Campaign Games, part four.
I have been running through options and game mechanics for the campaign in my head, some are still up in the air. I thought I might list some of them for anyone who might be considering a campaign of their own.
Victory Conditions or Ending the Game.
My original thought was the first player to occupy three of the seven hexes uncontested is the victor. After considering a “forced retreat” rule, I thought three hexes might be too easy, but then I realized that four hexes would mean that the two opposing forces had been forced into the remaining three hexes.
My next train of thought was to institute a “Campaign Level Doomsday Clock.” If a player manages to take and hold a controlling number of hexes they win and the campaign is over, but if this fails to happen by the time the clock winds down then the totaled victory points from all battles played would decide the winner. This has the potential to give the advantage to a player that looses the most mechs early in the campaign. With a smaller force to draw on, a player might find themselves at a constant advantage when determining victory points. I thought this might be a problem at first, but then I remembered how cliché this storyline is in anime – a small group of mech pilots battling against constantly overwhelming odds to eventually win the war. I now have no problem with this option.
Clearing Hexes or Occupying Territory.
My first thought was to eliminate the Doomsday Clock at the battle level, and make each individual game go to the last player standing. This version would allow players the option to retreat off the table to preserve mechs for future engagements. This however would also mean they retreated from the hex in question.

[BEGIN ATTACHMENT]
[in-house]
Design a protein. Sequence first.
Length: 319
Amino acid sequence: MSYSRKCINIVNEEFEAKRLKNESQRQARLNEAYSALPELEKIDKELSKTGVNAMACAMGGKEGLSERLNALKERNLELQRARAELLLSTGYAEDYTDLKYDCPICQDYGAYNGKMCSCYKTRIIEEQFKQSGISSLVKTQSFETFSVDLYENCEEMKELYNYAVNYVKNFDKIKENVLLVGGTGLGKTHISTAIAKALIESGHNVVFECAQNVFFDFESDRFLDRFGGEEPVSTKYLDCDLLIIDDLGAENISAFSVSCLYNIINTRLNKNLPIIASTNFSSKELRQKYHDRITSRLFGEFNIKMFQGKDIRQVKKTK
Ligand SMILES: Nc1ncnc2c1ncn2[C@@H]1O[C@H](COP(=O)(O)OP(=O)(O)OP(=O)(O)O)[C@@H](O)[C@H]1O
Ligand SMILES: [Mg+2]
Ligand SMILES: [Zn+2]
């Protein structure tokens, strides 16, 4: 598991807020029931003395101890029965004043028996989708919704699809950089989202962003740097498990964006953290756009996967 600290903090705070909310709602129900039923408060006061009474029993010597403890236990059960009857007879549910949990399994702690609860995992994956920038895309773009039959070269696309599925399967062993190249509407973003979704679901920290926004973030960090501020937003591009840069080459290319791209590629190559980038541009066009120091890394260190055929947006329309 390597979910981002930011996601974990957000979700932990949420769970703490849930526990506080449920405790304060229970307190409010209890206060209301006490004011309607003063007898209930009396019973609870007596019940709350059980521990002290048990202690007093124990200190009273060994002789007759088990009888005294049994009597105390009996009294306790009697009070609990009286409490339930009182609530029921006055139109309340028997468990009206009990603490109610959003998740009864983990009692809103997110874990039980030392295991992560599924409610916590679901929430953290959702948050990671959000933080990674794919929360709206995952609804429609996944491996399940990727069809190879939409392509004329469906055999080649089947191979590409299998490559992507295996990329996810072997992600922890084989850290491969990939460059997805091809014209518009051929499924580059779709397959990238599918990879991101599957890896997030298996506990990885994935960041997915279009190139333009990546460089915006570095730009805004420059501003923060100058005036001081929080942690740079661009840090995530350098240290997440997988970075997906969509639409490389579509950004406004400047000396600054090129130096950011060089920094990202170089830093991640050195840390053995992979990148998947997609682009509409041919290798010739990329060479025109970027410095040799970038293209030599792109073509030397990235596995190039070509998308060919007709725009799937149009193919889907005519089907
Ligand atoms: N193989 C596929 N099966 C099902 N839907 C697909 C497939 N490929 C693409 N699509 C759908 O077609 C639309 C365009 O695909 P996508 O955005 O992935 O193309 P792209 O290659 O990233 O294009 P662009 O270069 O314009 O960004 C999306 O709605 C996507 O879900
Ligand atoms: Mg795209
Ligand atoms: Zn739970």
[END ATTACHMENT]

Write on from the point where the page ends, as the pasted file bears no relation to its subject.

The second option kept the Doomsday clock and added a “forced retreat” rule based on a certain victory-point margin. If the margin of victory is high enough, the loosing player is forced to vacate the hex. The second half of the rule is that the retreating forces will always choose to retreat in the direction of friendly forces. This means that faced with the choice of retreating into a vacant hex, or a hex that is occupied by their own forces they must choose the occupied hex, also if the choice is between two vacant hexes, one adjacent to friendly forces and the other not, they must choose to retreat to the hex that is adjacent to the friendly forces. This gives the winning player the ability to “herd” the opposing players out of the contested hex in a direction that would be predictable before the battle is begun.
Tempering the “forced retreat” option.
The “forced retreat” option made the “under dog” syndrome even stronger. I could now see a player sending two mechs into a hex against another players much larger force, and then doing the “station dance” and ticking the clock down as fast as possible. If the defending player can’t close the victory-point margin enough they are forced to retreat from the hex. My solution to this right now is that your points per only tick up for fewest mechs and fewest attachments if your forces started the turn in the hex, not if they are invading.
End of part four.